A healthy streak of optimism…

Optimism is hopefulness and confidence about the future. You might think of it in terms of the glass half empty/glass half full metaphor. When optimism becomes extreme, it falls off the edge into being Pollyannaish. Continue reading

Beyond Informed Choice

Eleanor Roosevelt on choice

Choice is our greatest power. It’s what allows us to use all our resources to live our best lives.  But the consumer culture trains us to make decisions by default rather than by conscious choice. Truth is, questioning the status quo and making conscious choices can seem daunting. Many of us are happy to let others decide because we don’t know how to make choices consciously.

Living by default

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Integrative Medicine

When Pamela Wible MD held a meeting to find out what would create an ideal medical experience for patients in her town, she discovered they wanted an integrative approach to their medical care. What exactly is that? And why would they want it?

What is integrative medicine?

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Build a new model for achieving health? There is hope.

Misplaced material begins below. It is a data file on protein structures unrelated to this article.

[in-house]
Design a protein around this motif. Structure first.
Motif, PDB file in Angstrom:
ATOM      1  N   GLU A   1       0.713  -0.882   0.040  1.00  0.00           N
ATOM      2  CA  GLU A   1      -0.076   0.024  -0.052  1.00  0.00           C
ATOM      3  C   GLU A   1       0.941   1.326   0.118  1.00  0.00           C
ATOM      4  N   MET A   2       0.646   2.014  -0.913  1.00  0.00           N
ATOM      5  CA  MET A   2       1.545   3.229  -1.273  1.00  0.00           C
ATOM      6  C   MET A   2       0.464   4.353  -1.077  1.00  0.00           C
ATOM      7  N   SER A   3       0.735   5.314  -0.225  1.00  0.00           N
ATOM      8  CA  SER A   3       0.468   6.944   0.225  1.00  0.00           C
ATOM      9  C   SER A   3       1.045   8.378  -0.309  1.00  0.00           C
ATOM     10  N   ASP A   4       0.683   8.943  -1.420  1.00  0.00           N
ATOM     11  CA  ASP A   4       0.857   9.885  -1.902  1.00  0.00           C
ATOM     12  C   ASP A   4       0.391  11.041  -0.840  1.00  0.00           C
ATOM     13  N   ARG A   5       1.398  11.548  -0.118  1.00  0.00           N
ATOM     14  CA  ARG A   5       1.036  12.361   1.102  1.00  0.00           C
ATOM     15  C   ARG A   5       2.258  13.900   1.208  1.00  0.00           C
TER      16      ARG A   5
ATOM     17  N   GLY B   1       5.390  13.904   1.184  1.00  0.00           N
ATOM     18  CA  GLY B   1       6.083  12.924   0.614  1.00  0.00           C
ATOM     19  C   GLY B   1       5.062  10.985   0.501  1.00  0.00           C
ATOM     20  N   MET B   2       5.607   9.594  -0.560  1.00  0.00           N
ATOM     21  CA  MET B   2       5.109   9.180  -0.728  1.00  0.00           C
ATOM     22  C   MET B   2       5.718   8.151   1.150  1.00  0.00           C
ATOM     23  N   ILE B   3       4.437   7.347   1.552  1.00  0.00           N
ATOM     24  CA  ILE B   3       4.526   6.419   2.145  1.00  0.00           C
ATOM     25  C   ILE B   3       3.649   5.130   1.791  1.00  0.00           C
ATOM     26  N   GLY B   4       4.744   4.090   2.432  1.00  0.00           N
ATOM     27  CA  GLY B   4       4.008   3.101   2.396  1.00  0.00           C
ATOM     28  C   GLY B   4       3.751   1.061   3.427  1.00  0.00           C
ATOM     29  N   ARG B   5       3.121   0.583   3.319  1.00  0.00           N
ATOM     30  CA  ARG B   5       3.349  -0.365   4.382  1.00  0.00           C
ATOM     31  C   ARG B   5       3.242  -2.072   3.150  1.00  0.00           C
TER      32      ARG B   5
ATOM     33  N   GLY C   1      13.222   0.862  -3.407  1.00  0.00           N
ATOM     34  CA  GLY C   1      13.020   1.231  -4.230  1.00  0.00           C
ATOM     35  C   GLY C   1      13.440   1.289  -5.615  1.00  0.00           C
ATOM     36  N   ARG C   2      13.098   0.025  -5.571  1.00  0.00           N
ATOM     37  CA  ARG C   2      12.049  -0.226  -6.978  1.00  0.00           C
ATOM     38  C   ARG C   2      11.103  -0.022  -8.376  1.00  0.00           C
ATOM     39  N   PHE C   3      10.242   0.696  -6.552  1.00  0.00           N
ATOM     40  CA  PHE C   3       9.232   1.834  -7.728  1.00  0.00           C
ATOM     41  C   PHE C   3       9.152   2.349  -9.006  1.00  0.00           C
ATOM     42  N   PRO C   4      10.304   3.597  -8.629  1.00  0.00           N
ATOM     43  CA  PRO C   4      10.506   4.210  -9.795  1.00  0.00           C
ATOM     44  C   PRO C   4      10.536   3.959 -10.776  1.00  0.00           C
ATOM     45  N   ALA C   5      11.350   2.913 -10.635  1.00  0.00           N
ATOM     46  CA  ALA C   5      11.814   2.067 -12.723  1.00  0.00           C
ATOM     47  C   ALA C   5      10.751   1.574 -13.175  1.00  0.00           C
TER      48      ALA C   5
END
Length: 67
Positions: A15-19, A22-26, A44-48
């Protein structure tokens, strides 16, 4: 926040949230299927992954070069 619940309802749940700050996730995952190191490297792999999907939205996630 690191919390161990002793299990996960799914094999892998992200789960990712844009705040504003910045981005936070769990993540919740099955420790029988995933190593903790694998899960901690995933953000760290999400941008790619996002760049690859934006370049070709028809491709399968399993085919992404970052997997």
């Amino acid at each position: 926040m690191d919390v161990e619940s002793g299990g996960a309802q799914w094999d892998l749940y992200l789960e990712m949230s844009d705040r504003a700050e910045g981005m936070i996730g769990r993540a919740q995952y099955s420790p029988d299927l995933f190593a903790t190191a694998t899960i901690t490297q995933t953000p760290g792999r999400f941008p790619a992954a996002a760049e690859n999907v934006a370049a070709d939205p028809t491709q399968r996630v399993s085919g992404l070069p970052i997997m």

Just who is fixing the healthcare system? That’s the question I asked at the end of last week’s blog when I discussed having empathy for our doctors, who must work in a broken system.

So, who is trying to make it better? Apparently not our governments who, despite sometimes-good intentions, become bogged down in bureaucracy. And not conventional medical channels, through which it takes 17 years for new information to make it into clinical practice.

Patients?

In a limited way, we can contribute to making things better by keeping ourselves as healthy as possible so as not to over-use the system. We don’t have to ask permission or medical sanction to eat fresh food, plant a garden, think differently about our stress, take probiotics, get a pet, meet new people, move our bodies, improve the quality of our sleep, and be of service to others.

Doctors?

Continue reading

Have empathy for your doctor.

Regular readers will know that I’m a fan of active engagement in our health-related decisions. To do this effectively, it helps to know several things about the healthcare system. This understanding will relieve your frustration with the way things are, and it may also make you more empathetic toward the doctor who doesn’t listen when you try to participate.